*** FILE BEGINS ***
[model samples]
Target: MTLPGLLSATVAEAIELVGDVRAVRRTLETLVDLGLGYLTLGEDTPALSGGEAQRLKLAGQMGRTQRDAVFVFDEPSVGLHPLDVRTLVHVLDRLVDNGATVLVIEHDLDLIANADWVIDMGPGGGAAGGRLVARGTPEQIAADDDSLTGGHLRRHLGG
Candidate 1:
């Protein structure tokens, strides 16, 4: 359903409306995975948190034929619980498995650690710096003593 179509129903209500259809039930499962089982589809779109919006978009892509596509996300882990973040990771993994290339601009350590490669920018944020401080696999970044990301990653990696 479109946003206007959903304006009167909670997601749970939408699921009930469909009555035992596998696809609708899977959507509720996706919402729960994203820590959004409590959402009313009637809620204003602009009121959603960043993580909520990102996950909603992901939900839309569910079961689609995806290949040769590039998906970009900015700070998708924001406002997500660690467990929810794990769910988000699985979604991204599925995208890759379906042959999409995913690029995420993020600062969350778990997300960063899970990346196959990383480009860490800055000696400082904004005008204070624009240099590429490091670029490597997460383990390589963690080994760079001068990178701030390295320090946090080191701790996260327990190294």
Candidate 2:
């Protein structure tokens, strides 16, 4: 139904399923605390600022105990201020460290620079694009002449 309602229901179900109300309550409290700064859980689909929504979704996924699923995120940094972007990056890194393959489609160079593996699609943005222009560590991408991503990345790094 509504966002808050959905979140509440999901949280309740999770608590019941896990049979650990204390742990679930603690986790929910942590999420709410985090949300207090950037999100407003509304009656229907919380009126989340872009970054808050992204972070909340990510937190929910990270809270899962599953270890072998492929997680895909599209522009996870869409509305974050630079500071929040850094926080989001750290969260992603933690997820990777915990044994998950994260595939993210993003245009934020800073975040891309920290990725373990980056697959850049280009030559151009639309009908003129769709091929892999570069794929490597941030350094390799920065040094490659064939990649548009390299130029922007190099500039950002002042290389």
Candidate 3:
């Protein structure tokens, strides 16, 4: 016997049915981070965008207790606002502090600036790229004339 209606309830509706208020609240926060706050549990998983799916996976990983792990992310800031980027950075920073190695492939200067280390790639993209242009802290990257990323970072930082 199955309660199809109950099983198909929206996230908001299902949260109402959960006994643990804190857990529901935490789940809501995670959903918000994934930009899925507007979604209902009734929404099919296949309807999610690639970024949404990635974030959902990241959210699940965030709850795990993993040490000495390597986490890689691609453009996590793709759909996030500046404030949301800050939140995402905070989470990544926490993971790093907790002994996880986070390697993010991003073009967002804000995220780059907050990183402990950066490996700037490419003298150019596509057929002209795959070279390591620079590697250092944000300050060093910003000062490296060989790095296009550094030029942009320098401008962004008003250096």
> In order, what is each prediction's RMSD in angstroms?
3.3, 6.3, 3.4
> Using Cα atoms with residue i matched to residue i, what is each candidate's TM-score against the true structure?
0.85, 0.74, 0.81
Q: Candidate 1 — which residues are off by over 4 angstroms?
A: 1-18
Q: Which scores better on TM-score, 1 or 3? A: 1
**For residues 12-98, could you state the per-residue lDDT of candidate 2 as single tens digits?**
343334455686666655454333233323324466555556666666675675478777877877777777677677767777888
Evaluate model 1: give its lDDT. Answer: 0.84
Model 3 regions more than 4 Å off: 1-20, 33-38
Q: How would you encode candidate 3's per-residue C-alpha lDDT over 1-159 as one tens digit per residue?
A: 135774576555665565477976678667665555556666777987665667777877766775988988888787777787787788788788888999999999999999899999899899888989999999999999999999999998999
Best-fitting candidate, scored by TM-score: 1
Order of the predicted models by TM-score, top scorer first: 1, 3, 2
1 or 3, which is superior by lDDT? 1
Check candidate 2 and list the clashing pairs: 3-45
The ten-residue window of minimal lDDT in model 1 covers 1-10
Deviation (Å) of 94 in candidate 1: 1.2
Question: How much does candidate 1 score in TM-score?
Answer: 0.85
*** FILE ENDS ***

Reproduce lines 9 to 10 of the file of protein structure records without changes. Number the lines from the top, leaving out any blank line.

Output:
> In order, what is each prediction's RMSD in angstroms?
3.3, 6.3, 3.4